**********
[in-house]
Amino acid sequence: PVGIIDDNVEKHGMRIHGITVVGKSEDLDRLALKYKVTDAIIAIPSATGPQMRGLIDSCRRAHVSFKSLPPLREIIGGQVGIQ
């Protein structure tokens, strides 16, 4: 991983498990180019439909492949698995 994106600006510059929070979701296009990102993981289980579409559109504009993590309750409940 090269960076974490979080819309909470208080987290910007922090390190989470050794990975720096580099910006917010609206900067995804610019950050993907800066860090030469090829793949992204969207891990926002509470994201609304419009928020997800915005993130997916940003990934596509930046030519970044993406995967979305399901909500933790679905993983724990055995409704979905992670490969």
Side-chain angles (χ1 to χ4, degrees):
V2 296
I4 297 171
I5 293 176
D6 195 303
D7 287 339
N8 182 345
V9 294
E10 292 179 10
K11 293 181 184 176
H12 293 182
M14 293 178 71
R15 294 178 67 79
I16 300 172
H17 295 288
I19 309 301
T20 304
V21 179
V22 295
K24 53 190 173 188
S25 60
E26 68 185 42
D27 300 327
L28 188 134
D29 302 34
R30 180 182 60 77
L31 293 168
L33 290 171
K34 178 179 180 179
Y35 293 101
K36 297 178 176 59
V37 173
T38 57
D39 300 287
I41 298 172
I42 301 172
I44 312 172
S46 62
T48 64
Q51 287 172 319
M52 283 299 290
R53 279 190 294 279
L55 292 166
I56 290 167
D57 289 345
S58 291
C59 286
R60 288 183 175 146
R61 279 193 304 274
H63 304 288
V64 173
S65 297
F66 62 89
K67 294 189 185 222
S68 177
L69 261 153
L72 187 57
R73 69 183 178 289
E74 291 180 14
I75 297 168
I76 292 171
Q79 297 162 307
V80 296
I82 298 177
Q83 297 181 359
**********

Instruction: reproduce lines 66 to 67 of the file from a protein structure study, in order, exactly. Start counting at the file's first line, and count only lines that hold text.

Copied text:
V80 296
I82 298 177